In Jail in Christchurch


The Jailhouse hostel could not be any more different from the Arts Factory if it had been specifically designed as a crash-out room for tripping hippies. As it happens, it pretty much was!

This is a historical jail, where they would hold convicted criminals prior to sentencing. I have stayed in one before, in Sweden. This place is similar; clean, clinical and a little bit intimidating…especially in the middle of the night!

I treat myself to a cup of Chai tea and head to my bunk. Tomorrow, Christchurch!

I sleep in later than I expected. No doubt this is because it is my first night in a bed for a couple of weeks. Even so, I am in the centre of town before midday, after a gorgeous walk in Hagley park.

Thus far, I have seen and done nothing in this city, yet there is a feeling in the air. The last time I got this feeling, it was in Leeds…and I stayed there for five yers.


The Canterbury Museum teaches me some Maori history, but my interest is piqued by their exhibits on Shackleton’s Imperial Trans Antarctic Expedition and Scott’s lethal Terra Nova mission. The museum is full of pictures and pieces of kit that simply baffle the 21st Century mind…

How these men achieved what they did is beyond my understanding. They did something with linen sacks and wooden sledges that practically nobody could or would achieve these days with all the weight of technology behind them. It reminds me of the Vikings rowing to America in longboats a thousand years ago.

This, I believe, makes a fundamental point about humanity. Behind all our modern techniques and gadgetry – as important as they are – the single most important and differentiating factor in is entirely human.

This is obvious, but important – because it is something we can control ourselves and develop personally, throughout our own lives. It doesn’t matter what we are directing it at…though adventure is clearly the best goal. Right? Hmm.

Anyway, the centre of Christchurch now comprises of shops made of shipping containers…and it is wonderful. Unlike the over-the-top trendy shipping container shops of East London, these are just normal shops, conducting their business. There is also free Wifi for the entire city centre, which makes the afternoon much easier than I expected.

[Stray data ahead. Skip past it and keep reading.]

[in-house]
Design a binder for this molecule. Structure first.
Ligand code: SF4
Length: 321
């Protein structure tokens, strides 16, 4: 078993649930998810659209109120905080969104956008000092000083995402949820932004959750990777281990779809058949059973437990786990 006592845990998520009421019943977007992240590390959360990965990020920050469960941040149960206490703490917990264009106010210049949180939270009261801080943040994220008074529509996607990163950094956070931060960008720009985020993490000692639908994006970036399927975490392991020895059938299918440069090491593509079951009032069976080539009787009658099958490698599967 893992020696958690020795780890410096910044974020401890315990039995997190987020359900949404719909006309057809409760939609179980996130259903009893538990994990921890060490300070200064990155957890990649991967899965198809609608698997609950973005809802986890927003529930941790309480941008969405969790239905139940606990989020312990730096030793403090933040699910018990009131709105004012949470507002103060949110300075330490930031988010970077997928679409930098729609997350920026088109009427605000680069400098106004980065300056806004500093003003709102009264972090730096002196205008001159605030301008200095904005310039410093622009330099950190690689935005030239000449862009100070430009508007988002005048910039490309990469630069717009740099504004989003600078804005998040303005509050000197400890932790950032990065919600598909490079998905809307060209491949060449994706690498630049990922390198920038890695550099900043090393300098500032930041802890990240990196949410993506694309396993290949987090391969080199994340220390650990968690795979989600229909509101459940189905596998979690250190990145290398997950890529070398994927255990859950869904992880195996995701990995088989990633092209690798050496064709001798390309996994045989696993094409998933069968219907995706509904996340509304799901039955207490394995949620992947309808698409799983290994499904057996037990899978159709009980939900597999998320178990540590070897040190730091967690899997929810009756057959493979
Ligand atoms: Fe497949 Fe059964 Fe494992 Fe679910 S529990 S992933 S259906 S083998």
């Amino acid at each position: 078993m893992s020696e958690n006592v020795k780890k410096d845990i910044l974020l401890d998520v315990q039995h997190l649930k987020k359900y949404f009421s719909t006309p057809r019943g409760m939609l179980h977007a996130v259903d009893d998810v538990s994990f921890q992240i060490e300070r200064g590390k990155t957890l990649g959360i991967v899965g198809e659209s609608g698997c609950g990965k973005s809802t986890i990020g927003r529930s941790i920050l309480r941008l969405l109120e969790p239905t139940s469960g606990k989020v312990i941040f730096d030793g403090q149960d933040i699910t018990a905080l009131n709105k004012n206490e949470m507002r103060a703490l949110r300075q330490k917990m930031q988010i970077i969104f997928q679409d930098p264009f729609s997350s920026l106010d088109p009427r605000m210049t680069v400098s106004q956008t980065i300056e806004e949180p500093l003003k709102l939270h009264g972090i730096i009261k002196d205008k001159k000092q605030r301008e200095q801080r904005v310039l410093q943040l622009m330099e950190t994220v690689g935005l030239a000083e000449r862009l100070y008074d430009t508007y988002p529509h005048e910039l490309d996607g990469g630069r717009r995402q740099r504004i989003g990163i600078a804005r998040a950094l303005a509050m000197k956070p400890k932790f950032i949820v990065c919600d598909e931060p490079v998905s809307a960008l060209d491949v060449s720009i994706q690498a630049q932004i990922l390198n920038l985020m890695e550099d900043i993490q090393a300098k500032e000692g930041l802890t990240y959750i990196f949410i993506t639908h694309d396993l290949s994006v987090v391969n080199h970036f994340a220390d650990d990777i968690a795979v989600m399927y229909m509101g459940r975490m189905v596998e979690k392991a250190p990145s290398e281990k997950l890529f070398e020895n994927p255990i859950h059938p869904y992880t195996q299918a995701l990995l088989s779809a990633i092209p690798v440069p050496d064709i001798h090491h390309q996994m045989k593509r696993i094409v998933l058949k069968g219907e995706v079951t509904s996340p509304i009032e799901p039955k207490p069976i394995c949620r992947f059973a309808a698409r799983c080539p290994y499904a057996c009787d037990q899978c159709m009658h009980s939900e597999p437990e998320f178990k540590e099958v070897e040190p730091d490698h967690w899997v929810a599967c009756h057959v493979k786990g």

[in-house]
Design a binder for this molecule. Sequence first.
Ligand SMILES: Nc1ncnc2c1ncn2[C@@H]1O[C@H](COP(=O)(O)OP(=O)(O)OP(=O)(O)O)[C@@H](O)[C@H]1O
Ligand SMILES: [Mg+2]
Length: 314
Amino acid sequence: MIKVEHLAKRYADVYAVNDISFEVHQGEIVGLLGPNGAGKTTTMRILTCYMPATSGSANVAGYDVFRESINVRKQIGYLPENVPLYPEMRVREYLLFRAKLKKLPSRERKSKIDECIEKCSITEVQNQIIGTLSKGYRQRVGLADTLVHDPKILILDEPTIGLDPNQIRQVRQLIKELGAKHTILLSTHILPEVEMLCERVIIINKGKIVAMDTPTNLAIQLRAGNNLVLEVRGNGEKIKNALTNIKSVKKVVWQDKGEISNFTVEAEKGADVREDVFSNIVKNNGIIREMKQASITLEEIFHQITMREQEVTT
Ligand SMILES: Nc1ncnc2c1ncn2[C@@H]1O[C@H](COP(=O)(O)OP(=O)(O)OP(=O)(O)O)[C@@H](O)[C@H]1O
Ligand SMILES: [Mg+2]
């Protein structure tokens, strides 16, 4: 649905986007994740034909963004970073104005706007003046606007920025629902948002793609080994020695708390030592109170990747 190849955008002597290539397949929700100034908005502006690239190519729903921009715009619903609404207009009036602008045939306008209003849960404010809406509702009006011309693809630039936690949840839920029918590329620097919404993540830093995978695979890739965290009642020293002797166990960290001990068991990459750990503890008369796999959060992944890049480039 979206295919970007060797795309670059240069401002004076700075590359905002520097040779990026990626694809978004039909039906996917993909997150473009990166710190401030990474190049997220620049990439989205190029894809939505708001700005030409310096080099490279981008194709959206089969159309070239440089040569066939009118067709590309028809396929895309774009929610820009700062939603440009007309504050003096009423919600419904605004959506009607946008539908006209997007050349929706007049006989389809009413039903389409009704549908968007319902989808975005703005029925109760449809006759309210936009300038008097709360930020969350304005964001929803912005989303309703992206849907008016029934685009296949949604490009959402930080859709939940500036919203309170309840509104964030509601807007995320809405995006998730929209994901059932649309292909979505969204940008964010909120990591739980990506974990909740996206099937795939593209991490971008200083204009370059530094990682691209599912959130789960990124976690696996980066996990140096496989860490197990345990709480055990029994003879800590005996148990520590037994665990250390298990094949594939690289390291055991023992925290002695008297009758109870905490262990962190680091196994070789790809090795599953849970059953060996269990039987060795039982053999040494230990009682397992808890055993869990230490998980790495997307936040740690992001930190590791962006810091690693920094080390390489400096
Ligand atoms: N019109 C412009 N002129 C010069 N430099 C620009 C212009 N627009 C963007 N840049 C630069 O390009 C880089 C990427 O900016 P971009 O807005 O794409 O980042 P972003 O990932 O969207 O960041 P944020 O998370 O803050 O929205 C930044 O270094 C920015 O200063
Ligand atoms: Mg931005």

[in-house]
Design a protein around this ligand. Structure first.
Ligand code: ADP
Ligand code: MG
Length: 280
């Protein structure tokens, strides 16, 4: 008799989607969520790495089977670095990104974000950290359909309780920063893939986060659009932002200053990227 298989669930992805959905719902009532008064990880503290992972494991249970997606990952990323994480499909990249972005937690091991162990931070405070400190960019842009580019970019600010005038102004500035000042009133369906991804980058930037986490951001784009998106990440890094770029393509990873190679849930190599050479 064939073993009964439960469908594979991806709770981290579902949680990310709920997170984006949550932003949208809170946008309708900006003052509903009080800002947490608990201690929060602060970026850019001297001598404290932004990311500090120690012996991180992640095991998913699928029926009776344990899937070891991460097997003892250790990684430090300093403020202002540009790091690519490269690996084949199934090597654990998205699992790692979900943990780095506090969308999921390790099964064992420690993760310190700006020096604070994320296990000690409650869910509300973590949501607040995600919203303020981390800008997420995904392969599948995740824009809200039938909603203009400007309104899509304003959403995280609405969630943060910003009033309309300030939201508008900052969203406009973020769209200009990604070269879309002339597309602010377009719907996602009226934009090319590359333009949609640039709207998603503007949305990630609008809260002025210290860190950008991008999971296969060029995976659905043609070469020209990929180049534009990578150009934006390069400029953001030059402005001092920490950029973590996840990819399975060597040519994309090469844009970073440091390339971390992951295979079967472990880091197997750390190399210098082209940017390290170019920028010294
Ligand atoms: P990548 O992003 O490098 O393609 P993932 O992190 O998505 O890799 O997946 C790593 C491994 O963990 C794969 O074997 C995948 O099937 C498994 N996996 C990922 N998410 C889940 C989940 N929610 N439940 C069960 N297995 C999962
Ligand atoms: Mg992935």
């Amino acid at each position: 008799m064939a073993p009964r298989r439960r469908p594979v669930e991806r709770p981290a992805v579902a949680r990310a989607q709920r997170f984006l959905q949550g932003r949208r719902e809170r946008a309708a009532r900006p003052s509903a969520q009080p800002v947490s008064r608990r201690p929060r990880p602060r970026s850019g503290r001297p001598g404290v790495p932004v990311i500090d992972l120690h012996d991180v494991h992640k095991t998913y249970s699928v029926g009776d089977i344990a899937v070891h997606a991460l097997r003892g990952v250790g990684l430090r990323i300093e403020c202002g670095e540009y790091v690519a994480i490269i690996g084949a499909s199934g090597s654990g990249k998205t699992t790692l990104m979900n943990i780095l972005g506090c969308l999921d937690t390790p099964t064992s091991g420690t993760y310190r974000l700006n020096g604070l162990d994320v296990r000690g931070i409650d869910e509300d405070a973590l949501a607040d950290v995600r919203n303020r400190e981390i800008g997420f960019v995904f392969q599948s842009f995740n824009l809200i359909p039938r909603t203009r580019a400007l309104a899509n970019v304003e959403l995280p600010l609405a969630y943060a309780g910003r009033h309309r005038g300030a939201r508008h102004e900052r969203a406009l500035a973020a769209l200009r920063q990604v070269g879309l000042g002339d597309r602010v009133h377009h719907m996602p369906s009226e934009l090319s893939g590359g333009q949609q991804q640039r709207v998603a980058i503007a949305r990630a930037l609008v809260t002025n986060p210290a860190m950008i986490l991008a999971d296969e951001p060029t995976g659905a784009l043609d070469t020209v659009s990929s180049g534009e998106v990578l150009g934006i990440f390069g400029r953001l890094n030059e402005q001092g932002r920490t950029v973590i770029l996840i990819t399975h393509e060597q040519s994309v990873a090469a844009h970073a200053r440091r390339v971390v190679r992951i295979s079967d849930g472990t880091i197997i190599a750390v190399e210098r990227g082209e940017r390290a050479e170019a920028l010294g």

That said, the destruction caused by the earthquake is haunting. Large open areas dominate even the centre of the city and the condoned off Red Zone lurks on the map like some kind of reaction to the zombie apocalypse. Whether it is the situation or the time of year, it is getting chilly. It almost feels as cold as home. This will not stand!

Realising I have not a single item of warm clothing, I purchase a fleece from the 60% off Kathmandu sale. That and a pizza.

I spend the rest of the late afternoon strolling around the city and trying desperately to work out which type of transport will be best for New Zealand. Bus or rented car?

In the end, I decide I cannot decide. I don’t yet have the experience of the country. I will catch a bus – with a one way ticket, not a pass – to Queenstown and, after a few days of asking around, I will decide how I will adventure in this land.

I hope by car. I expect by bus.

I am alone…and I am not made of money.

I am made of pizza. Mmmmmm.

About the Author
Ed Gamester is a silly man who lives in the United Kingdom. He is the harbinger of Ghost Squad, singer of Gay Bum and author of A Rum Run Awry. He fights, kills and dies for TV and films, and gallivants around the place wrestling, drinking and lifting things for glory and profit. Where Ed treads, there stamp the boots of the Guild. Ed does not wear glasses, but feels this photograph makes him look more intelligent and artistically talented than he is. Feel free to contact him: he is disappointingly affable.

Related Posts

Leave a Reply